When Empty: Refuel From God

When Empty: Refuel From God

One of the most important things that I have learned about being a human follower of Christ is to give myself permission to be weary. Not only to be weary but to admit that I am weary. Some Christians see this as a sign of failure or an indicator of a flawed faith. But weariness, one of the symptoms of emptiness, is a natural side effect of being human. Since every believer that I have ever met has been human, I imagine that everyone experiences periods of weariness or emptiness. Some of the great figures of the church, including C.S. Lewis, Martin Luther, Charles Spurgeon, the apostle Paul and the prophet Elijah have struggled with those feelings of emptiness. Here is what Spurgeon, in a sermon titled “When the Preacher is Downcast,” said:

“Fits of depression come over the most of us. Cheerful as we may be, we must at intervals be cast down. The strong are not always vigorous, the wise not always ready, the brave not always courageous, and the joyous not always happy.”

The first Step – Honest Admission

I love this honest statement by an ancient man named Agar in Proverbs 30:1.

Proverbs 30:1
“I am weary O God, I am weary, O God. How can I prevail?”

Weariness will happen when you are emotionally weary and physically worn out. It takes place when the circumstances you encounter in life rise up against you. Those feelings form your reality and distorts your judgment. You begin to feel like it is you against the world and the world is winning. It is in those moments that we begin to question everything including our understanding of God. That is what happened to Agar.

Proverbs 30:2, 3
Surely I am too stupid to be human; I do not have human understanding. I have not learned wisdom, nor have I knowledge of the holy ones.”

So what do we do when we have find ourselves bored with life? What do we do when we find ourselves alienated and alone? What do we do when despair and depression control our emotions?

One of my deepest convictions is that In order for the church to be the healing community that God has called us to be, a grace filled honesty must dominate our fellowship. A Christian is not a perfected being. While we experience new birth in Christ, the transformation from old to new is never complete in our mortal condition. Paul describes it this way. “I do not do the good I want, but the evil I do not want is what I keep on doing” (Romans 7:19). Christians are a group of thirsty people who have found water. Our purpose then becomes to tell other thirsty people where to find water. But we must remember that we share their thirst.

This morning we are focusing on matters of emptiness and weariness. But it is also true as it relates to sin. We are a group of sinners who have found forgiveness. While forgiven, we are constantly aware of our sinful need of God’s grace. Our identity leads us to share with fellow sinners where they can find forgiveness. This means that without redefining sin or ignoring our own sin, we celebrate the forgiveness of our sins. In order for this to take place, we must have a grace filled fellowship.

There are basically two different ways the church has historically treated those who live in a manner that violates biblical teaching the values we hold to be true. Here is how one preacher described those two ways.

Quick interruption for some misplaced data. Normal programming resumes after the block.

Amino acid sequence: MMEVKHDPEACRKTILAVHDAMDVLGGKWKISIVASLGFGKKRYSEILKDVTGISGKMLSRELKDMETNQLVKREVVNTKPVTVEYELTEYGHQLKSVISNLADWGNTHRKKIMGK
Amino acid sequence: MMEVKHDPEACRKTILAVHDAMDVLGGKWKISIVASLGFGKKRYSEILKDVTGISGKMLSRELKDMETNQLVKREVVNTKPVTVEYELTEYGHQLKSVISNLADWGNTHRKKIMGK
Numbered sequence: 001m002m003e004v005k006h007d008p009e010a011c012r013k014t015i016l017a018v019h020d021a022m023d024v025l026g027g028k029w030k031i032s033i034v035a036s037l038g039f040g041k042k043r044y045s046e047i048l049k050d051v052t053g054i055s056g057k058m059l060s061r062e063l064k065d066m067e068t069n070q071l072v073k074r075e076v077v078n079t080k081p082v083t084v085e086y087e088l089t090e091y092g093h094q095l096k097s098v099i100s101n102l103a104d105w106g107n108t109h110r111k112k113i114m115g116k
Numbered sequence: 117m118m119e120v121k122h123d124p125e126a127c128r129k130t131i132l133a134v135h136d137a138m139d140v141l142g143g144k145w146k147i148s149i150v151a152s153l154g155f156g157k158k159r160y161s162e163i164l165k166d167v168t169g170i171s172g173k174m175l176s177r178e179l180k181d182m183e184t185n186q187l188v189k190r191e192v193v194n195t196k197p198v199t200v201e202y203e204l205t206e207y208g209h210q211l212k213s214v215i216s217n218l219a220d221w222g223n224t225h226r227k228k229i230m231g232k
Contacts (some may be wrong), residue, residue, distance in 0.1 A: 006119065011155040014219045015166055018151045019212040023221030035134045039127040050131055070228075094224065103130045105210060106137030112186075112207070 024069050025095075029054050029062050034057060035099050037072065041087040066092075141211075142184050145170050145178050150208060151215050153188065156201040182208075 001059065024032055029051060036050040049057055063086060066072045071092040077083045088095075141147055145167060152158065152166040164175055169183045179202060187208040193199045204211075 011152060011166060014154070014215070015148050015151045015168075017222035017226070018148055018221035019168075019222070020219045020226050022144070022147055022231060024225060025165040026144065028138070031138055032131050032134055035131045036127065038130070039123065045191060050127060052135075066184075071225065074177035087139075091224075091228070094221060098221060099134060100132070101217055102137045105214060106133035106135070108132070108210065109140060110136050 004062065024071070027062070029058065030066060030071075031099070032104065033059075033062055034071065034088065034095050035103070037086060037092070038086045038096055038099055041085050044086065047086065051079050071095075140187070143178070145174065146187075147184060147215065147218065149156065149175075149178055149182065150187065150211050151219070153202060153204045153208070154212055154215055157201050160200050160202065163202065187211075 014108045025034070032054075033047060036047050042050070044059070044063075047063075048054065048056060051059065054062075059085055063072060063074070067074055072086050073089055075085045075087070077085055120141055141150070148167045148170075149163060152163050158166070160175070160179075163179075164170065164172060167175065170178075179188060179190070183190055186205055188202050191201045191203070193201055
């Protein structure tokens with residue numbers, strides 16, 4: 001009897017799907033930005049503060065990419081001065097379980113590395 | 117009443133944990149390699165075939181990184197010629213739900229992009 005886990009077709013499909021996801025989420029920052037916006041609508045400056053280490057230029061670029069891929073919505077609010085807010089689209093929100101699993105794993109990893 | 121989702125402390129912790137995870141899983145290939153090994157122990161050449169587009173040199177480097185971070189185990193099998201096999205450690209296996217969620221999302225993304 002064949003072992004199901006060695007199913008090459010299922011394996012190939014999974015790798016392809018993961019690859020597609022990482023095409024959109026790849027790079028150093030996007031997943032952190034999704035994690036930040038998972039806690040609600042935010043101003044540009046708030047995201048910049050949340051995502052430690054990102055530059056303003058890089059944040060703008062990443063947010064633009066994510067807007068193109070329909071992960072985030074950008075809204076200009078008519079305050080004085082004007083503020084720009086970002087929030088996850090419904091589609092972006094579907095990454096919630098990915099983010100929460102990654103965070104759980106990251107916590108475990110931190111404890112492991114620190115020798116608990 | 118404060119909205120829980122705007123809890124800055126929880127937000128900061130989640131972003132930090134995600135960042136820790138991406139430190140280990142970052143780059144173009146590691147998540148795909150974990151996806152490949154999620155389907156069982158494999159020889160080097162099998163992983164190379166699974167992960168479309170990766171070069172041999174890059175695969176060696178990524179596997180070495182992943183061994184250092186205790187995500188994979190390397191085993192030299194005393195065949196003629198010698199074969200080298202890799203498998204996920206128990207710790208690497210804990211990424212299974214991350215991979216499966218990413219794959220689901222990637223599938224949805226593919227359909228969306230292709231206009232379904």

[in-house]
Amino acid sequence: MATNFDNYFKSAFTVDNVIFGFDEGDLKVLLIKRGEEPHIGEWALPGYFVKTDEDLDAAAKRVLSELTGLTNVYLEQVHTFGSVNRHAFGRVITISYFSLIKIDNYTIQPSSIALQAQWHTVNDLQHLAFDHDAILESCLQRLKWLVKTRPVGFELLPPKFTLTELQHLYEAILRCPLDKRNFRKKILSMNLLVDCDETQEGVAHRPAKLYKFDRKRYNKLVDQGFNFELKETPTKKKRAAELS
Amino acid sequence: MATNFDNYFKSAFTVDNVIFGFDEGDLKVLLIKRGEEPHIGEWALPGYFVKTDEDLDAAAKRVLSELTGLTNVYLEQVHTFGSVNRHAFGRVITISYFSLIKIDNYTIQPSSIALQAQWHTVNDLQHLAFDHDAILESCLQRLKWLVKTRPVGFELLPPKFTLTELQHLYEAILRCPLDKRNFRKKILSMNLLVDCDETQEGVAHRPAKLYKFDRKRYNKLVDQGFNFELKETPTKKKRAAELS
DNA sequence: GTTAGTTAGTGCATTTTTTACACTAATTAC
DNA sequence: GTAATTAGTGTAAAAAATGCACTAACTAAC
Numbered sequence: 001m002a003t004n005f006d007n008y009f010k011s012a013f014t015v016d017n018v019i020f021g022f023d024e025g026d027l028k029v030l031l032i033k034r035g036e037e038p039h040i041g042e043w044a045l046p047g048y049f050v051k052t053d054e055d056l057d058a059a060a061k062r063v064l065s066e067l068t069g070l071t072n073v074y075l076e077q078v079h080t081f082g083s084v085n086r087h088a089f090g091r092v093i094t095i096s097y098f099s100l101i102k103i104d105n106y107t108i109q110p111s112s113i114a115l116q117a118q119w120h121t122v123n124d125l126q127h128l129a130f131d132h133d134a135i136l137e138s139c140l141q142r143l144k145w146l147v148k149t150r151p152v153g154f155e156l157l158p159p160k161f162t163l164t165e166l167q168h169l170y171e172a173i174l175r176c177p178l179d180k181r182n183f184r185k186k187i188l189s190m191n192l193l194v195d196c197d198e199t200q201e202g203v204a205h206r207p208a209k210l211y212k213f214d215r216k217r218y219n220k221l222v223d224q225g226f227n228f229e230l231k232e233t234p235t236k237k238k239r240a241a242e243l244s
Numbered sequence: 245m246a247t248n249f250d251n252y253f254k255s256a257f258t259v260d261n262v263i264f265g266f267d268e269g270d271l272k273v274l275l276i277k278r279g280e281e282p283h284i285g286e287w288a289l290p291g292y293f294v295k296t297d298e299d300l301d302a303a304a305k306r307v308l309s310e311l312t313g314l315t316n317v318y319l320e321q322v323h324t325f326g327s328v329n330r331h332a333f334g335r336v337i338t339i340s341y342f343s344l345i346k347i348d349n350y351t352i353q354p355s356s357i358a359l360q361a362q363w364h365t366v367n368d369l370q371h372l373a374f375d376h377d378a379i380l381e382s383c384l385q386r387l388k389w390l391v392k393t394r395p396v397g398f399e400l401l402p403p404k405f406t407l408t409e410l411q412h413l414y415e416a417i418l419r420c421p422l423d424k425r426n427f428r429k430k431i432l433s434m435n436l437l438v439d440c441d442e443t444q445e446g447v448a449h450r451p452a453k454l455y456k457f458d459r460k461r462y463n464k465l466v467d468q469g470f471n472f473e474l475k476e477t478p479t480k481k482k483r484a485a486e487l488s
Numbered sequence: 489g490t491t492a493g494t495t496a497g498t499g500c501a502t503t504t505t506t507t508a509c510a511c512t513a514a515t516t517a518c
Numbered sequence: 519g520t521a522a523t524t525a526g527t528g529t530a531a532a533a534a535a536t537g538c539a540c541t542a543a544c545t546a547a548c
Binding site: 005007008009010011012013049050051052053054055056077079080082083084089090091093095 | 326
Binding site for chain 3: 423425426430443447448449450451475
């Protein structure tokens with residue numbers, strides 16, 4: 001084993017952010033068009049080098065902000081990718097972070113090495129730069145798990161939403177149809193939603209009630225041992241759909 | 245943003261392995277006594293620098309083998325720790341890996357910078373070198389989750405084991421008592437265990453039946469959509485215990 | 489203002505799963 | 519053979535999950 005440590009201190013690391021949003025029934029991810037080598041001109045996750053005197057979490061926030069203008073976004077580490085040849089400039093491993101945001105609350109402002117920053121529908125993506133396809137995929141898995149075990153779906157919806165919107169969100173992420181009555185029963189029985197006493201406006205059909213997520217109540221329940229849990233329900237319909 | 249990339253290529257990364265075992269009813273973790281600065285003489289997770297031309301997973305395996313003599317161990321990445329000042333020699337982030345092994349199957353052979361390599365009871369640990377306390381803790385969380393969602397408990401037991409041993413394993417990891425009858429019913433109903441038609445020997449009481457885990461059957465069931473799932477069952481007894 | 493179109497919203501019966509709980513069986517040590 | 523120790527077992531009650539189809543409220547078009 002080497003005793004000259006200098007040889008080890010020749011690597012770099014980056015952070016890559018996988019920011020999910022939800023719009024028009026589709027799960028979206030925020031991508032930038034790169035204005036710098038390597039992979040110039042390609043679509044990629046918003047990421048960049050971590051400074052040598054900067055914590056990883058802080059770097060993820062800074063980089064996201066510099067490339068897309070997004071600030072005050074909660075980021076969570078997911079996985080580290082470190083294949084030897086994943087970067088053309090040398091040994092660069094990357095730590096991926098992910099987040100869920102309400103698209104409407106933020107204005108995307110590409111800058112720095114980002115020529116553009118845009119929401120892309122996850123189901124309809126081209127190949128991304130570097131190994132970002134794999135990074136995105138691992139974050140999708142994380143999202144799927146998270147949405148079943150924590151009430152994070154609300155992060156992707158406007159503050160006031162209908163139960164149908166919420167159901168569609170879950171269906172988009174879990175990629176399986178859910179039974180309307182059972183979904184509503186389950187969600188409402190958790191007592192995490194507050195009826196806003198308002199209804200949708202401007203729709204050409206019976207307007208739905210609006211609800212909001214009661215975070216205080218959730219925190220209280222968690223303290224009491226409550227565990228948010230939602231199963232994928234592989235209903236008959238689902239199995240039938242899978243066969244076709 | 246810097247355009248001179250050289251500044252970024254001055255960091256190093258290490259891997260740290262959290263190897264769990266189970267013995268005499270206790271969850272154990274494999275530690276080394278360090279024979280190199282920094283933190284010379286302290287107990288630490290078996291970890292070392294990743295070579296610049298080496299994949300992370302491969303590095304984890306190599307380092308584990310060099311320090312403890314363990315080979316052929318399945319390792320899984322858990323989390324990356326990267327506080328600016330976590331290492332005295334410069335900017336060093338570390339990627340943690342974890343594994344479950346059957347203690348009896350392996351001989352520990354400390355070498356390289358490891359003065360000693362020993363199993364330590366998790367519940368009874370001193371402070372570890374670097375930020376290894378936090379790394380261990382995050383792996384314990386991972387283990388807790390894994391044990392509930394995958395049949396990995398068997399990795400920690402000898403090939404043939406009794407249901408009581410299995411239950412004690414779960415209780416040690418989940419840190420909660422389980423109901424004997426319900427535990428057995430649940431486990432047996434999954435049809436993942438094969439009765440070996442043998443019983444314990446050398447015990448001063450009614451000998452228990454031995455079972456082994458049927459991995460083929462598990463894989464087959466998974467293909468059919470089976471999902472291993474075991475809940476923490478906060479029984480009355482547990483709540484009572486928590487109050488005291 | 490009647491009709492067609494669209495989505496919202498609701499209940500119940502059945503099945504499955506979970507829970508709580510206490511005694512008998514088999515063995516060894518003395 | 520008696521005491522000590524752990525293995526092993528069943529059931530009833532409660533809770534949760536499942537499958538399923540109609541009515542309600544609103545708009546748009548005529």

We either act like self-appointed judges who, like the Pharisees, act out of our supposed self-righteousness, or we act like needy sinners who never step very far away from the cross. – Paul Tautgas

The church has always been filled with flawed people on the mend. Jesus intentionally invited the lost and the least. He welcomed the blind and the lame. This occurred so often that his critics began to describe him as a “Friend of tax collectors and sinners” (Matthew 11:19). A title that he accepted and repeated.
We are a church where a person can confess their emptiness without be judged unworthy of fellowship. Where like the apostle Paul, you can admit to having “great sorrow and unceasing anguish” (Romans 9:2) and still play a role in the church.

Where is God?

In the midst of a life challenge and especially during those moments of emptiness, alienation, discouragement, despair, the temptation is to wonder, where are you God? This question will always go unanswered when the barrier of emptiness creates the false reality that God is nowhere to be found.
The prophet Isaiah was dealing with a nation that had broken covenant with God and was filled with sin, injustice, and dishonesty. Because of their unconfessed rebellion, they were filled with the fruit of emptiness. But that was their impression. God was still there, still near, and still present.

Isaiah 59:1, 2
See, the Lord’s hand is not too short to save, nor his ear too dull to hear. Rather, your iniquities have been barriers between you and your God, and your sins have hidden his face from you so that he does not hear.
Here is what we know. God is an immortal being. He is pure in every sense of the word. He is without flaw. So we are safe to assume, He is not hard of hearing. He can hear. The barrier that brings about the appearance that God is not present or does not care is of our own creation. Whether hardness of heart, unwillingness to trust, anger, sin, or just plain despair. But we can rest assured that God is present and hears. We become aware of His presence when we admit our need. When we confess. This opens us to recognizing his emptiness filling presence.